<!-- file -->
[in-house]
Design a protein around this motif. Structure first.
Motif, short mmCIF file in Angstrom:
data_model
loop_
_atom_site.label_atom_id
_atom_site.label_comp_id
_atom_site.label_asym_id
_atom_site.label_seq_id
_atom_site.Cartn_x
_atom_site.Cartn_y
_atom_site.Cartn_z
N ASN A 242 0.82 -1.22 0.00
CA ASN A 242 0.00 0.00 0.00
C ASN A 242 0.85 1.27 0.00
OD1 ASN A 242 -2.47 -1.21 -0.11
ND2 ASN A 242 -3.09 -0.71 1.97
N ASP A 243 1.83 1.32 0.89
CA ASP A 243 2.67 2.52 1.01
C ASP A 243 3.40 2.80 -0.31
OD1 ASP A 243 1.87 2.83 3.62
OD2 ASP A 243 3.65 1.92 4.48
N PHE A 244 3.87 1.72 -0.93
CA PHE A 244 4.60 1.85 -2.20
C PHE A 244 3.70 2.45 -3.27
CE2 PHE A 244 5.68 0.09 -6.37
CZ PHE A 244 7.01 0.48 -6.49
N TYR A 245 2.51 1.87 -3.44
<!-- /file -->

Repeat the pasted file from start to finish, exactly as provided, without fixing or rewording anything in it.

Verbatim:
[in-house]
Design a protein around this motif. Structure first.
Motif, short mmCIF file in Angstrom:
data_model
loop_
_atom_site.label_atom_id
_atom_site.label_comp_id
_atom_site.label_asym_id
_atom_site.label_seq_id
_atom_site.Cartn_x
_atom_site.Cartn_y
_atom_site.Cartn_z
N ASN A 242 0.82 -1.22 0.00
CA ASN A 242 0.00 0.00 0.00
C ASN A 242 0.85 1.27 0.00
OD1 ASN A 242 -2.47 -1.21 -0.11
ND2 ASN A 242 -3.09 -0.71 1.97
N ASP A 243 1.83 1.32 0.89
CA ASP A 243 2.67 2.52 1.01
C ASP A 243 3.40 2.80 -0.31
OD1 ASP A 243 1.87 2.83 3.62
OD2 ASP A 243 3.65 1.92 4.48
N PHE A 244 3.87 1.72 -0.93
CA PHE A 244 4.60 1.85 -2.20
C PHE A 244 3.70 2.45 -3.27
CE2 PHE A 244 5.68 0.09 -6.37
CZ PHE A 244 7.01 0.48 -6.49
N TYR A 245 2.51 1.87 -3.44